NIS Regulations are no ‘silver bullet’ when it comes to infrastructure cybersecurity: Joint Select Committee

November 19, 2018

A Joint Select Committee has warned that that the Network and Information Systems Regulations 2018 are not a ‘silver bullet’ when it comes to protecting Critical National Infrastructure (CNI) from cybersecurity threats.

The Committee’s misgivings are set out in their 2nd report emerging from their inquiry (the first dealt with cybersecurity skills.) 

The report itself more generally covers the challenges for protecting national infrastructure, outlines the National Cyber Security Strategy and defines what ‘critical’ means in this context but in Part 4 it deals with the NIS Regulations. While welcoming the more robust regulatory framework these regulations introduced, and which they expect to “set a higher benchmark for cyber risk management“, the report’s authors go on to say the NIS Regulations are not a ‘silver bullet’ because:

  • “of their limited scope, leaving some CNI sectors still without statutory regulation and enforcement powers for cyber risk management;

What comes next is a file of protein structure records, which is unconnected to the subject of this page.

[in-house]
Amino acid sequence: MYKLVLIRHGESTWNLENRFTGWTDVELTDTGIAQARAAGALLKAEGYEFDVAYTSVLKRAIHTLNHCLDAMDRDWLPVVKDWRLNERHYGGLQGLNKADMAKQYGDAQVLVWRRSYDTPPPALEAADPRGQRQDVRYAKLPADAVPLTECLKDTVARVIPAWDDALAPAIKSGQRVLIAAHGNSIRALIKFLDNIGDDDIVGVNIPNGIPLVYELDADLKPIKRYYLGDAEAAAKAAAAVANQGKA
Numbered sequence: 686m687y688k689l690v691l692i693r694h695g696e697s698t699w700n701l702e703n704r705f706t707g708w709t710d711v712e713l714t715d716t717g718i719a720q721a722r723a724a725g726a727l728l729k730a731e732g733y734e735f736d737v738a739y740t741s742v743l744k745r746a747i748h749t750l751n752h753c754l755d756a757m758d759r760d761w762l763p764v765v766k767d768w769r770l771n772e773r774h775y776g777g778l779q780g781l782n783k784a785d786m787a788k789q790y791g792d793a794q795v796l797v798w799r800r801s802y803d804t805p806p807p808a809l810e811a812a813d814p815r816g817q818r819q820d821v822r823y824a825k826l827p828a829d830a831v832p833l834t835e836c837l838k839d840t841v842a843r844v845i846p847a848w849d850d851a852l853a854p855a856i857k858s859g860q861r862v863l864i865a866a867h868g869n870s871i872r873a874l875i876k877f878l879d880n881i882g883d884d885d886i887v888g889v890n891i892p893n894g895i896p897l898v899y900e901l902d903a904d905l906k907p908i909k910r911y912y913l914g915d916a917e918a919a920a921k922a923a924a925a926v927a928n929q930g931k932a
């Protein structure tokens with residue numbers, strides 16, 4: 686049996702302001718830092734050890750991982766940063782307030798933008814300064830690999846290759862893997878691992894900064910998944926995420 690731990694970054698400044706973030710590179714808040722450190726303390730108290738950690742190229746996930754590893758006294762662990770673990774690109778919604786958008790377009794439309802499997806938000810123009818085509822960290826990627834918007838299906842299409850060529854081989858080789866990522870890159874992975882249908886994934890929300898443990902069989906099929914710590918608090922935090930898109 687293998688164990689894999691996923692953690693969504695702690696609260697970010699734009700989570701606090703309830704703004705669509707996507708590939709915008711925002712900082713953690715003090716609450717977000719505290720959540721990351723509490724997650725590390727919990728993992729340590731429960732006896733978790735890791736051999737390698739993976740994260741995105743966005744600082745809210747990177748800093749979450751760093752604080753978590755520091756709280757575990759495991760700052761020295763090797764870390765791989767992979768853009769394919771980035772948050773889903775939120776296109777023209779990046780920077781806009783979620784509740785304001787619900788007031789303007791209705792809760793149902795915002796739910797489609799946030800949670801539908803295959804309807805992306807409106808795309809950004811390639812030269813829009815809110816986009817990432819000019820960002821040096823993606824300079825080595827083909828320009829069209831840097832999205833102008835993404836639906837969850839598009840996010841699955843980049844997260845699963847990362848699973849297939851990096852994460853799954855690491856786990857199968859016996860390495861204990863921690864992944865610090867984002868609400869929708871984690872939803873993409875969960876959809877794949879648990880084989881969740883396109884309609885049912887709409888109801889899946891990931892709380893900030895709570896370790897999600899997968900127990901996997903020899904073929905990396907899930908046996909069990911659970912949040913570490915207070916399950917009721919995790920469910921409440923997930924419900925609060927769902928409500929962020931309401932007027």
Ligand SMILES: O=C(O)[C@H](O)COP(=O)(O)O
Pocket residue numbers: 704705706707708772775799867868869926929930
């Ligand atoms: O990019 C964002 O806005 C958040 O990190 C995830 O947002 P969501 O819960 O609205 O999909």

• of the fragmented responsibility for the NIS Regulations’ implementation across Whitehall, Devolved Administrations and regulators remains confusing and acts as a barrier to cross-sector consistency and collaboration—in particular, the introduction of joint Competent Authorities in some sectors clouds accountability and effectiveness; and
  • some designated ‘Competent Authorities’ currently lack the expertise and capacity to provide credible assurance of operators’ efforts—an issue we addressed directly in our July Report on cyber security skills.

We are therefore concerned that the NIS Regulations will not be enough in themselves to achieve the required leap forward in cyber resilience across all CNI sectors.”

The Committee is also concerned of the potential impact of Brexit, “given that cyber threats do not stop at national borders” and so they urge the Government to “prioritise maintaining access to the EU’s NIS Coordination Group and its workstreams to facilitate continued information-sharing and collaboration with EU Member States.”

The full report can be read on the Parliament website.